With the advent of such excellent literary contributions as the Twilight series and The Vampire Diaries in recent popular culture seems to have come a worldwide obsession with the nosferatu. The positive following resulting from the new breed of vampires marketed to pining tweeners necessitates a look at the historical basis for these fictional creatures. The idea of the vampire has been around in folklore and legend for hundreds of years, continuously gathering a deranged cult-like following (although they have previously been armed with stakes and crucifixes instead of t-shirts and fan-fiction). It is interesting that, although the following historical figures are incredibly fascinating in their own rights, vampire hunters and dedicated paranormal advocates feel the need to nonetheless add to each person’s considerable resume the additional burden of being a vampire. Yet, any time a person seems to cheat death, acts sadistically psychopathic, or is just plain crazy, they are also bestowed the honor of vampire.
1. Vlad III the Impaler (Nov 1431-Dec 1476)
Often the go-to guy for historical vampirology, Vlad provided the inspiration for Bram Stoker’s Dracula (although he has little resemblance to the Gothic villain provided by the novel, aside from his nickname Dracula–in fact, it seems, through his diaries, that Stoker knew very little about the historical figure whose name he used). Vlad was the Prince of Wallachia, imprisoned at the age of eleven as a hostage proving his father’s loyalty to the Ottoman Sultan (and insurance that Wallachia would pay it’s annual tribute money). It was here he cultivated his hate for the Turks, which would come in handy on his maniacal murder campaign later in his life. Upon returning to the throne of his war-ravaged country, he began enacting a rather harsh methodology for restoring order. Vlad’s- fabulous work history proved incredibly helpful as he began wreaking revenge on the people who had killed his father and brother, and also waging a holy crusade under command of Pope Pius III against the Ottoman empire. Vlad wrote to his sometimes cohort, sometimes betrayer Matthias Corvinus, in 1461, “I have killed men and women, old and young…23,884 Turks and Belgians, without counting those whom we burned alive in their homes or whose heads were not chopped off by our soldiers.” This lovely quote is actually quite tame considering Vlad’s other pastimes, which included: impaling people on sharpened pikes, dining in his Forest of the Impaled amongst the decaying bodies of his victims, torture of all sorts, and burning, skinning, roasting, or boiling people who got in his way. Through sheer perseverance, Vlad managed to accrue a staggering estimate of 40,000-100,000 deaths at his hands before he died in 1476.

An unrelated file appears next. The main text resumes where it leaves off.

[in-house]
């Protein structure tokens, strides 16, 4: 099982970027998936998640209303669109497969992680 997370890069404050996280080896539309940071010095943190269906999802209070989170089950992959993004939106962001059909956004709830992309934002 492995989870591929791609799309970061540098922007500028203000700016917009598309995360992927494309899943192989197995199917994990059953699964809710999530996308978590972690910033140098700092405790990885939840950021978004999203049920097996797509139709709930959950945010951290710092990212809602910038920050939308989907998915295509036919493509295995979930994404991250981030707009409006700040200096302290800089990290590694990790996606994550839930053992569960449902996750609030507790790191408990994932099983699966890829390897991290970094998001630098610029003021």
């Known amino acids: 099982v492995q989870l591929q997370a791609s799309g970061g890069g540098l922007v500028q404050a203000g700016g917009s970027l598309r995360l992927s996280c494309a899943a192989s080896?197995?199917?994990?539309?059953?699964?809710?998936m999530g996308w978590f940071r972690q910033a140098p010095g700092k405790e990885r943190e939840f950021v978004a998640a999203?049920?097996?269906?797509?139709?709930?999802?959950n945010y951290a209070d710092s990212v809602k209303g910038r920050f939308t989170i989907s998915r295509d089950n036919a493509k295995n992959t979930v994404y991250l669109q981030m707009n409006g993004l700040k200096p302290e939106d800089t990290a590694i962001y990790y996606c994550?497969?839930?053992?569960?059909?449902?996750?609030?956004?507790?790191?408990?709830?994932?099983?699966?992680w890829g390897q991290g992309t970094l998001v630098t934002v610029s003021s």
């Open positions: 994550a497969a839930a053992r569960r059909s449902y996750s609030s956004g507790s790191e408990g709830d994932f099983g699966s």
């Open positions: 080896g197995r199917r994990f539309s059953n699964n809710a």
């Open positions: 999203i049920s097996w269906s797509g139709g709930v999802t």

2. Countess Elizabeth Bathory de Ecsed (Aug 1560-Aug 1614)
Often considered one of the most prolific women serial killers ever in history, Elizabeth has gained her label of vampire due to the alleged fact that she bathed in the blood of virgins to retain her youth, thus gaining her nicknames “The Blood Countess” and “The Bloody Lady of Cachtice.” Although this detail of her sadistic serial murder career is in dispute, the facts of the case brought against her more than make up for this gory shortcoming. The Countess was left alone often while her husband was away at war, and left to her own devices, took it upon herself to begin terrorizing the young women surrounding her. She methodically lured the women in, promising jobs for the peasant women and lessons in etiquette for those of the lesser gentry. She established an elaborate set of impossible rules for them to follow, and when they (inevitably) failed to follow her code, delighted in punishing them in new and interesting ways. These included, but were not limited to, severe beatings, burning and/or mutilation of the hands, face, or genitalia, eating the women’s flesh, biting their faces or arms, dousing them in water and sending them out in the snow to freeze, performing amateur botched surgery on them, starving, and sexual abuse. Her husband, although often away, delighted in his wife’s ingenuity, and in fact made suggestions on how she might innovate on her practices (i.e. covering the girl in honey in the middle of summer and tying her down outside to be bitten by insects). In all, Elizabeth managed to kill, by account of a register written in her hand, and found by investigators, a whopping 650 women before she was caught. Her four accomplices were tried and killed on the spot, but the Countess escaped this fate because of her family name. She was placed under house arrest, and died four years later.